8 Things Not to Say to Someone Trying to Quit Smoking1. You'll quit smoking when you're ready.
For a person who is struggling with a powerful addiction like nicotine, suggesting that a time will come when all of the stars align and the perfect quit program falls into their lap does them a disservice. The fact is, when you are an addict, there is never a good time to quit, so now is always the best time.
I spent years of my life thinking that I'd quit when I was "ready". The day finally came when I realized I might well die before that happened. If I was going to quit smoking, I'd have to force the issue and get started.
2. You'll go back to smoking eventually.
I lost a quit to this one. A person who was important to me (and was also a smoker) congratulated me for quitting and in the next breath let me know he thought I'd be back to smoking before long. It was early in my quit program and that statement was all it took for doubt and junkie thinking to set in. I went back to smoking not long after. While it's true that he wasn't responsible my relapse, think how much better it would have been for him to have been supportive and simply left it at that.
3. It's ok to smoke just one cigarette.
Smoking friends will sometimes try to convince their ex-smoker buddies that it's ok to smoke just one cigarette or just for tonight. Don't test your friend who is working so hard to quit in this way. One cigarette almost always leads to another. Instead, avoid smoking in front of your friend. Make it as easy on them as you can.
4. You're going to die if you don't quit smoking.
Scaring a smoker into quitting is never a good tactic. You'll only succeed at alienating the person you're trying to help. And believe me, you're not telling them something they don't know or think about almost daily. Every smoker secretly worries about the diseases and death that follow nicotine addiction.
5. If you don't quit smoking, I'm leaving.
Ultimatums will only serve to make the newly quit feel pressured, guilty and angry. Chances are the ex-smoker in your life already knows how much you dislike his/her cigarette habit. Instead of threats, use words of understanding to show your support. It will go a lot further toward achieving the positive outcome you both want.
6. You quit a month ago - get over it!
People who have never smoked sometimes have a hard time understanding how deeply nicotine addiction affects smokers. It takes time to clear out all of the associations that have built up related to cigarettes over the years. Celebrate every milestone your ex-smoker achieves and remember their quit date! Your sensitivity and support will go a long way in bolstering their resolve to keep going.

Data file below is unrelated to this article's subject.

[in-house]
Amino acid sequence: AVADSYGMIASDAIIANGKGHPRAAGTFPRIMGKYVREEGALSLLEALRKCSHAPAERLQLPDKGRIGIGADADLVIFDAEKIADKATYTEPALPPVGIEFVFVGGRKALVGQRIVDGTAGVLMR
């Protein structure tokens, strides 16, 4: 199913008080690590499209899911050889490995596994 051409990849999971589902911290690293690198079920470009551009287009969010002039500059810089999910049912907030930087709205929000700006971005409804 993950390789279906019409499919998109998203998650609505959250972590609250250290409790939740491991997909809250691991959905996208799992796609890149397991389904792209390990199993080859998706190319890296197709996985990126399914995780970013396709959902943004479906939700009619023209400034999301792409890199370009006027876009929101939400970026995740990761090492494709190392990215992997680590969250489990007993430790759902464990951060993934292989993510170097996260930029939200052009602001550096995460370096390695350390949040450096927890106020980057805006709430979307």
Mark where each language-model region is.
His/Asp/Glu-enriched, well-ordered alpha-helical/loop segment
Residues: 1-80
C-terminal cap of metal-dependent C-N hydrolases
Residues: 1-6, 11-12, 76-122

7. If you're going to be cranky all the time, you might as well start smoking again.
From sleep disturbances to increased stress and strong urges to smoke, early smoking cessation is a challenge both physically and psychologically. Ease the discomforts on the ex-smoker in your life by sharing some of their day-to-day task load if you can. Help with errands, meal preparation or other demands so that they don't feel overwhelmed. Remember that this is a temporary phase and things will improve in time.
8. You've gained weight since you quit smoking.
Smoking speeds up metabolism slightly and when we quit smoking, a gain of 6 - 8 pounds is normal. This extra weight will come back off within a few months as long as eating habits haven't changed. That said, food is an appealing replacement for smoking early on, and many folks do have some weight to lose once smoking cessation has become comfortable. Reassure your ex-smoker that a modest amount of weight gained can be lost later and that for now, the important thing is to keep their quit program safe. Weight can be lost; lungs cannot.
Smoking cessation is one of the toughest challenges our loved ones will face in life...and one of the most rewarding. Do all you can to support their efforts to make this healthy improvement. It will mean the world to them and may well give you more time together in the long run.**********
Your positive support can have a significant impact on how friends and family are able to cope with health challenges they may face.
About.com Health Guides have compiled lots of tips on what not to say to friends and family over a wide variety of topics.